A new innovative SISO and MIMO Pseudo Random Postfix OFDM multicarrier modulation schemes hase proposed in order to be robust to the high Doppler present at high carrier frequencies such as 60GHz. This new modulation scheme is specifically designed to be robust towards mobility (channel variations). Two patents have been filed during the course of the project concerning this new modulator. The scope of application of PRP-OFDM is not restricted to 60GHz but applies at all frequencies and is well suited for lower bands for vehicular outdoor operations such as in IEEE802.11p or IEEE802.16a/b. BroadWay has been the platform to demonstrate and validate through prototyping this approach by benchmarking against more conventional technologies such as Cyclic Prefix based OFDM schemes. Moreover a complete baseband solution has been proposed and its parameters tuned for the use at 60GHz in full compatibility with the capabilities of the realistic WP4 analog front-end architecture.
One major outcome of the BroadWay project is the design of all advanced MMICs for building up the 5/60GHz up and down converter. First path on the custom design of the various advanced MMIC blocks has been accomplished producing: single stage amplifier, two stage amplifier, two stage amplifier with double output stage, branchline mixer, branchline mixer with LO buffer amplifier, image reject mixer, ratrace mixer, ratrace mixer with LO buffer amplifier, LNA, multiplier (x4) a number of teststructures for process and design analysis using WIN InP process libraries. Useful and relevant experience has been gained with using the mHEMT process of WIN. Moreover BroadWay has released a package of the 60GHz custom designed chips. The overall cost of the unit has to be kept as low as possible. This task combined with the fact that the unit is working at 60GHz is very difficult. In an attempt to reduce the cost and use the in-house available ‘pick and place’ machine we used completely different approach than before. All the RF components were located on one side of the unit and all DC components on the other. This reduces to minimum the RF leakage to the DC components and also helps during the assembly of the units. The unit itself was divided to compartments in order to reduce the internal RF leakage. As a part of the overall system BroadWay has to develop a low phase noise at 56GHz. The only candidate for this was a PLDRO, which has to be multiplied after this to the required frequency. As will be seen in the next paragraph we succeed and developed a PLDRO, which could be integrated on the overall package. As a result Farran and TNO have new designs to be put available on their product catalogue (actually both the up and down converter are in the Farran’s catalogue at present).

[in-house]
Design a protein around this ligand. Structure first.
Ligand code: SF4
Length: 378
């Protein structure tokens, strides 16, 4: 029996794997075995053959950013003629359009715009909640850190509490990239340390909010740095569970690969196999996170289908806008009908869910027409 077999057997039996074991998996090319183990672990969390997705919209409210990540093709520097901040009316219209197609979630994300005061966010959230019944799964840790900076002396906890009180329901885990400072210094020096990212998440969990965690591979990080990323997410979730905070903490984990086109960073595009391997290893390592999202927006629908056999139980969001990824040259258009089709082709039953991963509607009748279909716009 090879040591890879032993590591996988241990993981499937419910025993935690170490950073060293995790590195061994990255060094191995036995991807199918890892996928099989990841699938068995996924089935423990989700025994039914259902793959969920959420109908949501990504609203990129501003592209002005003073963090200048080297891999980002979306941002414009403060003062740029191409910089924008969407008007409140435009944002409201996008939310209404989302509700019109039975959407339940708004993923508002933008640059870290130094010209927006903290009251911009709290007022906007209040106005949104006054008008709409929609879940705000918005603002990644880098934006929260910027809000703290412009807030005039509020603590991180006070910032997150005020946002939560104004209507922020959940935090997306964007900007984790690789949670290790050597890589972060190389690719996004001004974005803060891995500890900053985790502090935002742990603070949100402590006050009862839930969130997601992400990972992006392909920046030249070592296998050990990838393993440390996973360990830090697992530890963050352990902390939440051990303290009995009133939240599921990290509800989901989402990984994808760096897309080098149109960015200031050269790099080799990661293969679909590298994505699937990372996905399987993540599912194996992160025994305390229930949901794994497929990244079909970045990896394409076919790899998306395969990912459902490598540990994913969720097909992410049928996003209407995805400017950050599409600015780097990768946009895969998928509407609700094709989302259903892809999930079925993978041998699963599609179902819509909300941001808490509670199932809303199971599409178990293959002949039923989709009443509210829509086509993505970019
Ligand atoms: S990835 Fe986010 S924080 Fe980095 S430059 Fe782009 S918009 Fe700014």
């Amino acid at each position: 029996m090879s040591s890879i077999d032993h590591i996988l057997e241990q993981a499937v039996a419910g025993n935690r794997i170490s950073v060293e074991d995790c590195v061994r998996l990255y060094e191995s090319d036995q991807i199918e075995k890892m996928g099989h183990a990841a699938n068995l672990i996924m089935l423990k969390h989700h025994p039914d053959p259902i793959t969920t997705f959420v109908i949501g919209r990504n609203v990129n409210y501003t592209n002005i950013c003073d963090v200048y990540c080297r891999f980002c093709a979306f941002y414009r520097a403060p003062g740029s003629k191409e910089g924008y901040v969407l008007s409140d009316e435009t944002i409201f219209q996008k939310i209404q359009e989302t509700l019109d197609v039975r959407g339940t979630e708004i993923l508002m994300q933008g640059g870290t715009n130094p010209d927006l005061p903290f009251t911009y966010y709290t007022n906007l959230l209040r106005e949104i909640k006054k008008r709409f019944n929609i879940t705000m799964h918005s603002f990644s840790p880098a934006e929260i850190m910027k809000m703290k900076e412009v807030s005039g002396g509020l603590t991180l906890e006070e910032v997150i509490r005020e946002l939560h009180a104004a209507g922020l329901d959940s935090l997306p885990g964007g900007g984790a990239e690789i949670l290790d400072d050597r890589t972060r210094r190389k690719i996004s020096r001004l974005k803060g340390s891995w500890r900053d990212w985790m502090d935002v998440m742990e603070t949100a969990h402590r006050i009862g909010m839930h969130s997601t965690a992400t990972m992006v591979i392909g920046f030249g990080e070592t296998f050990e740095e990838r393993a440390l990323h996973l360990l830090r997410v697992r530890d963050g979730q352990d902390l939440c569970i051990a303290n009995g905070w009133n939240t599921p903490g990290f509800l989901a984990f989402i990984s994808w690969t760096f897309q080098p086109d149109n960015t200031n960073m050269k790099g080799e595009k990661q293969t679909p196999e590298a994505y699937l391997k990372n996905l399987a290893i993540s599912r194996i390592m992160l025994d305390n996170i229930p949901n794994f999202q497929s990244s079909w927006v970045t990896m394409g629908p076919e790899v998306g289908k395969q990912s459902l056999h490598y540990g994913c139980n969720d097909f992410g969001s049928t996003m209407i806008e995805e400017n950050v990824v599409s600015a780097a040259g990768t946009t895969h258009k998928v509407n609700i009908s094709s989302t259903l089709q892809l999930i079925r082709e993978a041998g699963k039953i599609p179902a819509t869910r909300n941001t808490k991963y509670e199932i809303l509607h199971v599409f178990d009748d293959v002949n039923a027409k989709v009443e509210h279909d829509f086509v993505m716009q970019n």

Concerning the investigation of new key antenna technologies: three new designs tailored to the BroadWay system have been fabricated and fully measured: - A 60GHz directional antenna design (high gain planar antennas) for access points - A 60GHz omnidirectional antenna - Two dual band 5/60GHz antenna design These antennas are all-available for product integration and have been packaged into the BroadWay prototype in the 5/60GHz up/down converter. When one looks specifically at the design of antennas at microwave frequencies, the following should be noted. Designing antennas at these frequencies is always a hazardous job, not with respect to the design itself but the manufacturing tolerances and losses. Small variations in material properties and layouts can cause at these high frequencies a relative large shift in bandwidth or even a drastically change in return loss. This can result in a complete malfunction of the antenna. Besides this point losses can be significant and feeding structures should therefore be as short as possible. These are normally the 2 bottlenecks for using planar antenna structures at these high frequencies. Taking into account all the manufacturing tolerances is a very elaborate task, which not always guarantees a successful outcome. Within Broadway it has been examined how these tolerances affect the performance of the antenna. One of the major outcomes of Broadway with respect to the RF-side is that with the right manufacturing strategy the tolerance influences can be controlled very well, the overall reproducibility is good, and that the losses are not as high as expected. These findings encourage companies like IMST and Motorola to push antenna designs into higher and higher frequency ranges, for applications such as higher generation mobile antenna systems (palmtops, laptops, cell phones) where miniaturization is always an key issue. Because of the high frequencies antennas become much smaller than at lower frequencies. This implies not only smaller terminals for a broad range of applications, as wells as indoor as outdoor, operating at high data rates, but also the possibility to included more than one antenna into a mobile terminal. This would open up the road to complete other applications like MIMO (Multiple Input Multiple Output) systems where various antennas are used to increase the data capacity of an RF-link. Employing such techniques would introduce a whole range of multimedia applications, thus opening up markets with a high economic potential. A complete other area of interest are sensors, for example those used in car industry at 77GHz; anti-collision radar, etc. The type of antennas used her are normally based on lens designs. Using the Broadway experience, it may also be possible to use standard planar designs that are very compact and can be easily integrated within the car architecture. The car aesthetics are one of the most important market driving forces, and planar or nearly planar structures in the microwave frequency range are almost invisible because of their small dimensions. Other applications can be traffic management systems that use a large amount of sensors along the high ways to check, for example, for congestions or to impose penalties of charges.